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National Electrical Safety Code

Image: Cynthia Griggs | Academy of Art University

We collaborate closely with the IEEE Education & Healthcare Facilities Committee (IEEE E&H) to negotiate the standard of care for power security on the #SmartCampus  since many campus power systems are larger than publicly regulated utilities.  Even when they are smaller, the guidance in building the premise wiring system — whether the premise is within a building, outside the building (in which the entire geography of the campus footprint is the premise), is inspired by IEEE Standards Association administrated technical committees.

Northeast Community College | Norfolk, Nebraska

Several proposals recommending improvements to the 2017 National Electrical Safety Code (NESC) were submitted to the IEEE subcommittees drafting the 2022 revision of the NESC.   Some of the proposals deal with coordination with the National Electrical Code — which is now in its 2023 revision cycle.  Keep in mind that that NESC is revised every 5 years at the moment; the NEC is revised every 3 years.

The original University of Michigan standards advocacy enterprise has been active in writing the NESC since the 2012 edition and set up a workspace for use by electrical professionals in the education industry.   We will be using this workspace as the 2022 NESC continues along its developmental path:

IEEE 2022 NESC Workspace

The NESC 2022 Edition Revision Schedule identifies January 15th as the next milestone in which the IEEE submits an exposure draft to ANSI for public consultation.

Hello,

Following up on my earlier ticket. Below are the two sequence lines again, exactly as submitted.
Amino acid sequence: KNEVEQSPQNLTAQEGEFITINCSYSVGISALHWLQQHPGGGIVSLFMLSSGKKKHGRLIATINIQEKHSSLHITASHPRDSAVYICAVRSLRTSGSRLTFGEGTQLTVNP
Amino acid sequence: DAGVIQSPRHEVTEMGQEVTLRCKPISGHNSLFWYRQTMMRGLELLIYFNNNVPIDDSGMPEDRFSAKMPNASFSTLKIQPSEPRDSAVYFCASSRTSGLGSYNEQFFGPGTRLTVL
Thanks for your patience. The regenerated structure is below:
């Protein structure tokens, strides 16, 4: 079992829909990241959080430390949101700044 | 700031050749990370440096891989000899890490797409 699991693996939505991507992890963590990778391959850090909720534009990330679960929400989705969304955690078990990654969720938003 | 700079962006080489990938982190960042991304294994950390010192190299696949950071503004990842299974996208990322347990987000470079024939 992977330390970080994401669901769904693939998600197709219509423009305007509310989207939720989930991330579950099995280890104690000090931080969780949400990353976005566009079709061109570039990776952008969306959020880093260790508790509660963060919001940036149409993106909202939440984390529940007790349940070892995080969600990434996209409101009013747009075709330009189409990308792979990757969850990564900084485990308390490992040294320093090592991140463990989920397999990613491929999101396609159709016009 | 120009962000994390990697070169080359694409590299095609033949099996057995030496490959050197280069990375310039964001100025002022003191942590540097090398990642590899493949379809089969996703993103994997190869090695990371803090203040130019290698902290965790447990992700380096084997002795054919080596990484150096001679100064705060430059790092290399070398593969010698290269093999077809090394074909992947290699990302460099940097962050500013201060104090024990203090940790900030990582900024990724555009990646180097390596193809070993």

The NESC is a standing item on the 4-times monthly teleconferences of the IEEE Education & Healthcare Facilities committee.  The next online meeting is shown on the top menu of the IEEE E&H website:

IEEE E&H Committee

We have a copy of the first draft of the 2023 NESC and welcome anyone to join us for an online examination during any of Power & ICT teleconferences.  See our CALENDAR for the next online meeting.

Business unit leaders, facility managers and electrical engineers working in the education facilities industry may be interested in the campus power system reliability database.   Forced outages on large research campuses, for example, can have enterprise interruption cost of $100,000 to $1,000,000 per minute.    The campus power system forced outage database discriminates between forced outages attributed to public utility interruptions and forced outages attributed to the university-owned power system.   The E&H committee will convey some of the discipline applied by the IEEE 1366 technical committee into its study of campus power systems and, ultimately, setting a benchmark for the standard of care for large university power systems.

 

Issue: [16-67]

Contact: Mike Anthony, Robert G. Arno, Lorne Clark, Nehad El-Sharif, Jim Harvey, Kane Howard, Joe Weber, Guiseppe Parise, Jim Murphy

Category: Electrical, Energy Conservation & Management, Occupational Safety

ARCHIVE: University of Michigan Advocacy in the NESC 2007 – 2017


LEARN MORE:

P1366 – Guide for Electric Power Distribution Reliability Indices 

University Design Guidelines that reference the National Electrical Safety Code

 

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